Surya is the main deity of the Navagrahas, also known as the Nine Planets of Hindu Astrology; he is also considered one of the Navagrahas. Surya is frequently depicted riding a chariot drawn by seven horses, or by one horse with seven heads. These seven horses represent the colours of the rainbow as well as the seven chakras in the subtle human body.
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Temples for Surya
Surya is sometimes depicted with two hands, each holding a lotus, and other times with four hands, each holding a lotus, Sankha (conch), Chakra (discus), and Gada (mace).
Surya Devata is considered an eye of the Virata Purusha, or Lord Sri Krishna’s Vishwarupa (Universal Form) in Hinduism. Surya is worshipped by humans, saints, and even asuras or demons. Certain Rakshasa tribes, known as the Yatudhanas, were ardent Sun God worshippers.
Surya Devata is revered as the Supreme Being by followers of the Saura sect, which has shrunk to the point of extinction. He is revered by the Sauras as one of the five major forms of God.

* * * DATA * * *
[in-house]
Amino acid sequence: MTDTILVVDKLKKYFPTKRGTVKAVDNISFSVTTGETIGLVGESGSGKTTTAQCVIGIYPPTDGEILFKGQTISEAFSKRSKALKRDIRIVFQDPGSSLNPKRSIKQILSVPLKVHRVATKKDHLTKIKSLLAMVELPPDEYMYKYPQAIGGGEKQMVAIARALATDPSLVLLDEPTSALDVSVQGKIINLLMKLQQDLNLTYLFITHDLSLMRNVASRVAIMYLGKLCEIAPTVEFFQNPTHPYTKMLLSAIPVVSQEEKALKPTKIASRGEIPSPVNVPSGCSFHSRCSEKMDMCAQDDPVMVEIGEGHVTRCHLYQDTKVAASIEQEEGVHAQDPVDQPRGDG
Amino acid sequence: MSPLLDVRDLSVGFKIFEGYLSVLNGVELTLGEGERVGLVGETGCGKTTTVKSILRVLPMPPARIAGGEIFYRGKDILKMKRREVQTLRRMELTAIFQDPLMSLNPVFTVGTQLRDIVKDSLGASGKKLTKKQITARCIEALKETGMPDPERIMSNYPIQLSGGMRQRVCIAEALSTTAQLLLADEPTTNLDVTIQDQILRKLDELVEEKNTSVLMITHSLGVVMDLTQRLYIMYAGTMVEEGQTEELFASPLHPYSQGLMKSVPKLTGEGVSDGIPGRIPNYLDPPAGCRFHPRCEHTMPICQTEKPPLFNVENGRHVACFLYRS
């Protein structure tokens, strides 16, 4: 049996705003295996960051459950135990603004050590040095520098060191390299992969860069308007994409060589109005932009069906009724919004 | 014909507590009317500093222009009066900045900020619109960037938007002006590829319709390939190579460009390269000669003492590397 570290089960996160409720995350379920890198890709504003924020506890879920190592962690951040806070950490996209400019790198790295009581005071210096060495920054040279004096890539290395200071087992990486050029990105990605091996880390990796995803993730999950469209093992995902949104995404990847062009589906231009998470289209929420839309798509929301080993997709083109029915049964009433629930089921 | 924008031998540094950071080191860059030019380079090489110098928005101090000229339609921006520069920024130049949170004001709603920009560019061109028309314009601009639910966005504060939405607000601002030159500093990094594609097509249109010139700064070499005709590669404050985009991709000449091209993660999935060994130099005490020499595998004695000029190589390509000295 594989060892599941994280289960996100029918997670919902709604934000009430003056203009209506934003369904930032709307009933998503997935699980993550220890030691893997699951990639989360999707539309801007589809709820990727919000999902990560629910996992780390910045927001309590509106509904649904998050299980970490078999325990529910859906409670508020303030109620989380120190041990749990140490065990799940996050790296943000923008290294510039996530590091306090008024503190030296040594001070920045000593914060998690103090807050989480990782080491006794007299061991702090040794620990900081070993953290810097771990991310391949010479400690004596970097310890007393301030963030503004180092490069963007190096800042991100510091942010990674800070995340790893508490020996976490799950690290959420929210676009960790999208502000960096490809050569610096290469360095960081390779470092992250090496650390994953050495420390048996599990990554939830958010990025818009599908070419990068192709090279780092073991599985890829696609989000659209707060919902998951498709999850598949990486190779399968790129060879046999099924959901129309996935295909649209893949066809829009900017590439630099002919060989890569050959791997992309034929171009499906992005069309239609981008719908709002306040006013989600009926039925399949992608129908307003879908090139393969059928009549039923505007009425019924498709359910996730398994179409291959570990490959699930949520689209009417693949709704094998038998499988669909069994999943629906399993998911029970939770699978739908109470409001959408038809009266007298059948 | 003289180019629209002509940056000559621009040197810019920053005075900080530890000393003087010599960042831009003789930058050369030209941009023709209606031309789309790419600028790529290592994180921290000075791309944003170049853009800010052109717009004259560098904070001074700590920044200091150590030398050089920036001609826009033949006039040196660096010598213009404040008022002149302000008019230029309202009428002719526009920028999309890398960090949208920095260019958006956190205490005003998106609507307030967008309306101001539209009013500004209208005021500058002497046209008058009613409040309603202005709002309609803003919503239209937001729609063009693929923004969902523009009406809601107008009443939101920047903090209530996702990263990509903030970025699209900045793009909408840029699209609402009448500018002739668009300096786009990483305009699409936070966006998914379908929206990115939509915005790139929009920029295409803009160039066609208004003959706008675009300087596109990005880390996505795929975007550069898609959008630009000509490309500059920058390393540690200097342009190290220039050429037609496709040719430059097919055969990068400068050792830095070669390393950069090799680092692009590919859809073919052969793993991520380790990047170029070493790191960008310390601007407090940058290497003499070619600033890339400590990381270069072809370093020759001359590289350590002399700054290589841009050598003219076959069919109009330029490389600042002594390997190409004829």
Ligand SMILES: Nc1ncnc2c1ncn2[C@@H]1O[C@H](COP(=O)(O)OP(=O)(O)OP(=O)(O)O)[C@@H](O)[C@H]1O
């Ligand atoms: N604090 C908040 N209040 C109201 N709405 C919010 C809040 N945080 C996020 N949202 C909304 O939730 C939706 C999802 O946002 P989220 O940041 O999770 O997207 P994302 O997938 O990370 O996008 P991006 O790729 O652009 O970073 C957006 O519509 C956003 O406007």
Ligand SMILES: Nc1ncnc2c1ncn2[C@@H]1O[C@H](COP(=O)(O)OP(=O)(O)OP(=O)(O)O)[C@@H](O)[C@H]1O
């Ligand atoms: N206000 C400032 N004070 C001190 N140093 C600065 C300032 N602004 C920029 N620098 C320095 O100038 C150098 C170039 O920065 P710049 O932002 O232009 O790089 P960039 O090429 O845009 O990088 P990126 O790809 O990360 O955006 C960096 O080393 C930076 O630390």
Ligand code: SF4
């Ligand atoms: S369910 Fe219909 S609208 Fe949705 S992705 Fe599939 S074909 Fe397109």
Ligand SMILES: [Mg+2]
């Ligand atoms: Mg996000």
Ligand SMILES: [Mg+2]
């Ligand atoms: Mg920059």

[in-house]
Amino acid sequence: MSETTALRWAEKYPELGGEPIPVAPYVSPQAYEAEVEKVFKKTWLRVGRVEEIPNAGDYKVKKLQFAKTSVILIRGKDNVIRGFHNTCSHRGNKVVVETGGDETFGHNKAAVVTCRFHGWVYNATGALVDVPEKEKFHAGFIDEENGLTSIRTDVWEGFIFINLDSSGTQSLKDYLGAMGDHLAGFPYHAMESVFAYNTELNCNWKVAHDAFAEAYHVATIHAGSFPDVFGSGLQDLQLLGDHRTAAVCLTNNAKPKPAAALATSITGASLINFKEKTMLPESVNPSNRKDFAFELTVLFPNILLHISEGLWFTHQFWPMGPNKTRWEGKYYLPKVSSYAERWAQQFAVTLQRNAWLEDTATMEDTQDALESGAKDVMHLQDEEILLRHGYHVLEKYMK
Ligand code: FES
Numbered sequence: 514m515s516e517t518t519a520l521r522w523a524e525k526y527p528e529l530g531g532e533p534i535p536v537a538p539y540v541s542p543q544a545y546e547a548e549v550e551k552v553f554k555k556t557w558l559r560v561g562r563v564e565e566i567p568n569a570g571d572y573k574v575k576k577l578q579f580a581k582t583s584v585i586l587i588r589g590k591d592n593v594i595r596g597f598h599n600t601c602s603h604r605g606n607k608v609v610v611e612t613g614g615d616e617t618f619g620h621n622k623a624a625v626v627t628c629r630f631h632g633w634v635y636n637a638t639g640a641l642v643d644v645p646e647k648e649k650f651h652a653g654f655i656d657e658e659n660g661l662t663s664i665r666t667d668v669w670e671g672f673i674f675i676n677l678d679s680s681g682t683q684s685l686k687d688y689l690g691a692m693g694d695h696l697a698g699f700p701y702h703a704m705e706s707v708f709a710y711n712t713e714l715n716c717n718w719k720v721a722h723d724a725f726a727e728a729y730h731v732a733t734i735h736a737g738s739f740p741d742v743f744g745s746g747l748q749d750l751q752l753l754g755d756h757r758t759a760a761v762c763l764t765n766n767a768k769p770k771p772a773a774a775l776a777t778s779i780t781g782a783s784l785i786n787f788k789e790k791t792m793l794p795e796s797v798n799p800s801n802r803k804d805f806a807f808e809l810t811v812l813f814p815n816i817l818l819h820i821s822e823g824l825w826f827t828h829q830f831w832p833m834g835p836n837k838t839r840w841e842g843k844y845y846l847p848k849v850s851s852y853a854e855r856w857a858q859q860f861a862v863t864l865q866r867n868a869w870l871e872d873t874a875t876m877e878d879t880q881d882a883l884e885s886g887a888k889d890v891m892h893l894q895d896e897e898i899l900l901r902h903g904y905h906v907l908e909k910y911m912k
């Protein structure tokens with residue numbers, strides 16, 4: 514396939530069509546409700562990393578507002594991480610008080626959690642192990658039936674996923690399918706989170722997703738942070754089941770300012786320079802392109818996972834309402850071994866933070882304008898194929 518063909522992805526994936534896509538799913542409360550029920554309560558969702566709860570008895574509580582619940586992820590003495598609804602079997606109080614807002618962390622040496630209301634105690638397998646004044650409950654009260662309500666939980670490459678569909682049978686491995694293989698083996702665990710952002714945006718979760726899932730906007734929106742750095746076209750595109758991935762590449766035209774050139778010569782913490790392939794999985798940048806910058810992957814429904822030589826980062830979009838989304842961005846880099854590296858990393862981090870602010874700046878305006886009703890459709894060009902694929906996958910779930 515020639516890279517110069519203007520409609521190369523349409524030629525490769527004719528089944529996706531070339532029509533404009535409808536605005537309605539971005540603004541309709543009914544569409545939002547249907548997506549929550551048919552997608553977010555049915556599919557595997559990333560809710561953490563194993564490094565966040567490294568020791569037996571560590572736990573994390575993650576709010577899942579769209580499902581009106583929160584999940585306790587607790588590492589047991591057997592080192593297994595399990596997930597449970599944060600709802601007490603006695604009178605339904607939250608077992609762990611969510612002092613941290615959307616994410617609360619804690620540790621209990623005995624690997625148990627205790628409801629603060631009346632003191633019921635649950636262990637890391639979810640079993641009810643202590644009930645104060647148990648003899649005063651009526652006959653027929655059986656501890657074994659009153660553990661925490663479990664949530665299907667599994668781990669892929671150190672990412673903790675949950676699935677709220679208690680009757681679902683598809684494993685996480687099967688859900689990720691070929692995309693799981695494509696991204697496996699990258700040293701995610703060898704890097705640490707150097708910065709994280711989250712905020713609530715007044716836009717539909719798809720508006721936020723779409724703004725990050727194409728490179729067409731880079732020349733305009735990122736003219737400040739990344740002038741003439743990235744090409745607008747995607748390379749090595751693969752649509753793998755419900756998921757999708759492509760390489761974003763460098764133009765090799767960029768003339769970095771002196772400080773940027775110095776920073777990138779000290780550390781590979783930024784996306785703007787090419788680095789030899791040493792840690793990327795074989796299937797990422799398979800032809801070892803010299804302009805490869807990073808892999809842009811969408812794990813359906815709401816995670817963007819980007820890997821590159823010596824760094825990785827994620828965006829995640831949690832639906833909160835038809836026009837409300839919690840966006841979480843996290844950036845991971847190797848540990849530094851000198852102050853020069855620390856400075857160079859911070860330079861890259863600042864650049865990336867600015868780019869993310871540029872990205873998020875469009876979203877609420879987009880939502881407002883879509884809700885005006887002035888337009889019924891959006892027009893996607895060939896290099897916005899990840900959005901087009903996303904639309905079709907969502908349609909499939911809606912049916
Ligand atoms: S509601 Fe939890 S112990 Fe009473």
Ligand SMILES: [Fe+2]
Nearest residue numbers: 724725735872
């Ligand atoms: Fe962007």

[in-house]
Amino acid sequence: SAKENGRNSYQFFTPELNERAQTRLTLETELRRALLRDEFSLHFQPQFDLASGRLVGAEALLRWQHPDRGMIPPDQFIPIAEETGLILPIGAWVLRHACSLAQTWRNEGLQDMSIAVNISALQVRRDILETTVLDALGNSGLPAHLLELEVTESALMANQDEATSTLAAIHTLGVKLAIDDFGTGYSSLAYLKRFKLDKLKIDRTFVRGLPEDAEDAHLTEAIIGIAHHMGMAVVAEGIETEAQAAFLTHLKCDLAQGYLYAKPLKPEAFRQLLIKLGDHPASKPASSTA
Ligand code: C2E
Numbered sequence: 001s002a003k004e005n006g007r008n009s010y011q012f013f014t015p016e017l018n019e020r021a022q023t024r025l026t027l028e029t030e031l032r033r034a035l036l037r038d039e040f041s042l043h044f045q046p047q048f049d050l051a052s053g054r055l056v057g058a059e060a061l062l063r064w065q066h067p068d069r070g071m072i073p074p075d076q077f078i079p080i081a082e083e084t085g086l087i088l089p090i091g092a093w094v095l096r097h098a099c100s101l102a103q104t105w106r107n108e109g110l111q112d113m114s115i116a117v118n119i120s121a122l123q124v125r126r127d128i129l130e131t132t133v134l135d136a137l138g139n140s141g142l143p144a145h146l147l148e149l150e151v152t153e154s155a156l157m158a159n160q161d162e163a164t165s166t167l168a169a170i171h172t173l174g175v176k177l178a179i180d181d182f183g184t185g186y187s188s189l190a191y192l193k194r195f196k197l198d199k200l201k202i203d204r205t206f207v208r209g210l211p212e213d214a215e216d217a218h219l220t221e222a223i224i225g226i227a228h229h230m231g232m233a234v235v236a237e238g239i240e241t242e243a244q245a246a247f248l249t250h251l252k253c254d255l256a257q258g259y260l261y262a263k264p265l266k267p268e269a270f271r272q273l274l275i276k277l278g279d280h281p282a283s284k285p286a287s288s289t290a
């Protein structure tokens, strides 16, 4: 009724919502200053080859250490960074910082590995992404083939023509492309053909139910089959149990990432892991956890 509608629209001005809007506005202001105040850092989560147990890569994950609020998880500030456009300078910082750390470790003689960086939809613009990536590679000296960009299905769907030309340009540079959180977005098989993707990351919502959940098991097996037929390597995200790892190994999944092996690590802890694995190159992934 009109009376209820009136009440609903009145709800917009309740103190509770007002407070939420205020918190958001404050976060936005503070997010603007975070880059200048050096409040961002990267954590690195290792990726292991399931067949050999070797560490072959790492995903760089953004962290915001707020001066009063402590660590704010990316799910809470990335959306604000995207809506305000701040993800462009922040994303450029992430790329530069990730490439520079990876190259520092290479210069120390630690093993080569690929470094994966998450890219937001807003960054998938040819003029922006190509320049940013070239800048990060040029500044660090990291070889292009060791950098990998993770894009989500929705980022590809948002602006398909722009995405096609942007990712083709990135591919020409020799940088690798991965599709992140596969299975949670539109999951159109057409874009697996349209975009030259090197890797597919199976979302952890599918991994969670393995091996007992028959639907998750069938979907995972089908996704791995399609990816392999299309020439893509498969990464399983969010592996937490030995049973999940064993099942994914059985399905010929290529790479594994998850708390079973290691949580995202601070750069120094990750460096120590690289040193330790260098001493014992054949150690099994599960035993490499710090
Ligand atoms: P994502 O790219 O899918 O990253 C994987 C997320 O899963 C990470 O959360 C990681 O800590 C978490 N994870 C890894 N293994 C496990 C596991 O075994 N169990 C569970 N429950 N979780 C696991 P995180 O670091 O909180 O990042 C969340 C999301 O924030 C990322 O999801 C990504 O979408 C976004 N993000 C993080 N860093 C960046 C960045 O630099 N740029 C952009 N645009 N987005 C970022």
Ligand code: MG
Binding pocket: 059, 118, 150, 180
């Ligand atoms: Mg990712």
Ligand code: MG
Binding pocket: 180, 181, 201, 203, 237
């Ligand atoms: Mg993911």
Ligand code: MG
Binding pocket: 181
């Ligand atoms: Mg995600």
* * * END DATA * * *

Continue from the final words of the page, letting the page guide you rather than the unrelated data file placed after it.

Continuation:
Many temples dedicated to Surya can be found throughout India. He is worshipped in the early hours of the morning, particularly during Hindu festivals such as Makar Sankranti, Ratha Saptami, Chhath and Samba Dashami.
Most Common Forms of Surya
Surya is worshipped in a variety of ways. Arka and Mitra, however, are two of the most common forms of the deity. Surya is mostly worshipped as Arka in North and Eastern India. His form of Arka is honoured by the grand and elaborate Konark Temple in Orissa, the Uttararka and Lolarka temples in Uttar Pradesh, the Balarka temple in Rajasthan, and the Sun Temple in Modhera, Gujarat. Another temple, the Balarka Surya Mandir, built in Uttar Pradesh in the 10th century, was destroyed during the Turkish invasion in the 14th century. Mitra, the other most common form of Surya, is mostly found in Gujarat. “Mitra” literally translates to “friend.”
Names of Surya
Lord Surya is known by 108 different names. Aditya, Adideva, Angaraka, Arka, Bhaga, Brahma, Dhanwantari, Dharmadhwaja, Dhatri, Dhumaketu, Indra, Jaya, Maitreya, Prabhakara, Ravi, Rudra, Savitri, Soma, Teja, Vaisravana, Vanhi, Varun, and Vishnu are the most common.
Family and Relationships
Surya, also known as Vivasvata, had three queens: Sharanya (also known as Saraniya, Saranyu, Sanjana, or Sangya), Ragyi, and Prabha. Sharanya was the mother of Vaivasvata Manu (or Satyavrata, the current Manu), as well as the twins Yama (the God of Death) and Yami. She later gave birth to the Ashvin twins, who were the Devas’ divine horsemen and physicians.